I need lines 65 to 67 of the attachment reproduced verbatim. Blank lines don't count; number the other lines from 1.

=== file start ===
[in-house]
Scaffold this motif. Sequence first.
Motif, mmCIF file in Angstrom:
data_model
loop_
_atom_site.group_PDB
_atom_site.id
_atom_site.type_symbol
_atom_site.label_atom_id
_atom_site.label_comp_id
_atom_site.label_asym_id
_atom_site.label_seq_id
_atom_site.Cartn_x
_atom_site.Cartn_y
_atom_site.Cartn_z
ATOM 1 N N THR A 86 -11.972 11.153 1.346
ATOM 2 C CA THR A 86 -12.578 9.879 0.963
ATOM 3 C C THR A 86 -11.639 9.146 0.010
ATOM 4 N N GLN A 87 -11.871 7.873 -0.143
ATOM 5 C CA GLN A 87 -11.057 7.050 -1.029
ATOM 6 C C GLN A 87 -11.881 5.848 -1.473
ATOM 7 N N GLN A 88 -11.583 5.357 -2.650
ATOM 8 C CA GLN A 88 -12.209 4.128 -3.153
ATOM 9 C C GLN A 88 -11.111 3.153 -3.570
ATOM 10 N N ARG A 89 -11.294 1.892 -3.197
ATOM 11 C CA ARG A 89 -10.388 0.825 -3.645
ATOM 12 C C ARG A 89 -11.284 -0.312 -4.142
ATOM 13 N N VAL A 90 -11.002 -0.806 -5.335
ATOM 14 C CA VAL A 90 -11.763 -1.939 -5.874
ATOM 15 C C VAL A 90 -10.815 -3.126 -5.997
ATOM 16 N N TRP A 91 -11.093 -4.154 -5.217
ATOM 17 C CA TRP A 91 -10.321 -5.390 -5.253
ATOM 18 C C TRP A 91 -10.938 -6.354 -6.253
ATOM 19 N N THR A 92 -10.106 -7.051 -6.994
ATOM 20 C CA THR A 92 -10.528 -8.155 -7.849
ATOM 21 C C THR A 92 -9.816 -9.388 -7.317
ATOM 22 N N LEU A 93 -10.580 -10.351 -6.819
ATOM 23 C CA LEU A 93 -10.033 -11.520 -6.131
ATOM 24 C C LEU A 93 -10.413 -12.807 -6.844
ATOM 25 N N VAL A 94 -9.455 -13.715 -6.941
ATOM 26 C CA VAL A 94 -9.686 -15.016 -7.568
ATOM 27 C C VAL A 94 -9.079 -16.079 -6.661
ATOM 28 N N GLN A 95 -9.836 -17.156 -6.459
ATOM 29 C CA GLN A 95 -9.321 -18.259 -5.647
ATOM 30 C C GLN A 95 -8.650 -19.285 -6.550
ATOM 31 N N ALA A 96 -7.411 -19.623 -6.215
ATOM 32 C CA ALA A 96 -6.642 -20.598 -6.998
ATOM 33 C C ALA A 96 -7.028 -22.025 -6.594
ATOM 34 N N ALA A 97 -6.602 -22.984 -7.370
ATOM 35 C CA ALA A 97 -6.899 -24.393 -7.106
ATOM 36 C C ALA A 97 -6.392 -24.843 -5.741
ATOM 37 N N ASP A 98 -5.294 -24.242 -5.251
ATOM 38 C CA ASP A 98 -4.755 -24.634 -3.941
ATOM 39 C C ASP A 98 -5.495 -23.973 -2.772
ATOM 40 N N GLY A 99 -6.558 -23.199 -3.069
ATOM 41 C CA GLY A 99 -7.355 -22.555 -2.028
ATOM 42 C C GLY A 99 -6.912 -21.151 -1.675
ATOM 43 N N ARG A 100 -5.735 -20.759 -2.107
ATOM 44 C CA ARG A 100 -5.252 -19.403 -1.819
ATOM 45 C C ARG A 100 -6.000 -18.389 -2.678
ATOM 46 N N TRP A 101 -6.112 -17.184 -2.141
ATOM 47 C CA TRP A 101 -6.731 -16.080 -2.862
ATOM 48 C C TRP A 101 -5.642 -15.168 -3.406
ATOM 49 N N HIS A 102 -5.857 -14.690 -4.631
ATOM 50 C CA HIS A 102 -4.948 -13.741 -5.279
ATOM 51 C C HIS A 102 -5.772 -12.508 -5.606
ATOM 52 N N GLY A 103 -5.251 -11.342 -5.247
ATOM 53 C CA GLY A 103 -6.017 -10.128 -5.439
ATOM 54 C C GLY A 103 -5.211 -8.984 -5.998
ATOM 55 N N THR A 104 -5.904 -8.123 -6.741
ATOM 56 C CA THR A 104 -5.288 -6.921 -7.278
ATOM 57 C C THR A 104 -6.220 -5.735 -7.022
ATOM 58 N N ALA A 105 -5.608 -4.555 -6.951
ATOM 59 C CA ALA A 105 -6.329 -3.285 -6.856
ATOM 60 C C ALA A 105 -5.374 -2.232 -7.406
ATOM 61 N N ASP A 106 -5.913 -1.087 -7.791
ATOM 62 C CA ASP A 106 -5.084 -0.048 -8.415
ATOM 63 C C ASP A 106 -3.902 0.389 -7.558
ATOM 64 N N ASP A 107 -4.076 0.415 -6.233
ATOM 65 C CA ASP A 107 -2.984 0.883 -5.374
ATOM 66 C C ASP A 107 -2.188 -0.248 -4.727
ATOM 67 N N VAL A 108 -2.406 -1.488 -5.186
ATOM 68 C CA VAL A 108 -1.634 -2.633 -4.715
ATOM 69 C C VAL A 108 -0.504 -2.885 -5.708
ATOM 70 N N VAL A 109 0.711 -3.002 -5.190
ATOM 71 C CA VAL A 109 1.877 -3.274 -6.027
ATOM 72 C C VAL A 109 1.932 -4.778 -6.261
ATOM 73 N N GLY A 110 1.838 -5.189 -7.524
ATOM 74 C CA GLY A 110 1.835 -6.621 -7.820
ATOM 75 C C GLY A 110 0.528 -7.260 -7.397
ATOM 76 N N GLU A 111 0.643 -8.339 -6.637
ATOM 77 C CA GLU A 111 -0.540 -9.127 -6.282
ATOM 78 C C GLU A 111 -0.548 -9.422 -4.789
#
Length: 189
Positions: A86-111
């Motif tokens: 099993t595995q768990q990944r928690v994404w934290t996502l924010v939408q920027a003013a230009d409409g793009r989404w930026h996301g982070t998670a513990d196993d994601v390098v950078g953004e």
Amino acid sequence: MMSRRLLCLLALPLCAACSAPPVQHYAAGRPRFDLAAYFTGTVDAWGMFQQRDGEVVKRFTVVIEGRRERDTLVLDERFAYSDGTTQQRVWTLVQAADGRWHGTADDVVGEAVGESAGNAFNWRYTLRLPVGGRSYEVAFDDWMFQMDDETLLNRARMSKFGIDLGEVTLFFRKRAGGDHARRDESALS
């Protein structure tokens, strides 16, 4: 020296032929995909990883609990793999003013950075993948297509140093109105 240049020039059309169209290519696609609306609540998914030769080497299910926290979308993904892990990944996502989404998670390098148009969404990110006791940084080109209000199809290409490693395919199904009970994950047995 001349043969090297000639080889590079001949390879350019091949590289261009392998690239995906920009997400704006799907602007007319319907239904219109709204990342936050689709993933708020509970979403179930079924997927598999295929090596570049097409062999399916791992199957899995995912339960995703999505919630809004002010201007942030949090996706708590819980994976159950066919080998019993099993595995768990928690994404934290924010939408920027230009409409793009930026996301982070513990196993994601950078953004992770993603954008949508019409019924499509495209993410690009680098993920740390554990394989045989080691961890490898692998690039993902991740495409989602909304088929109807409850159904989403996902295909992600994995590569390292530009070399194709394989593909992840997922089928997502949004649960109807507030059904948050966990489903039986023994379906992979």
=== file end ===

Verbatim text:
ATOM 50 C CA HIS A 102 -4.948 -13.741 -5.279
ATOM 51 C C HIS A 102 -5.772 -12.508 -5.606
ATOM 52 N N GLY A 103 -5.251 -11.342 -5.247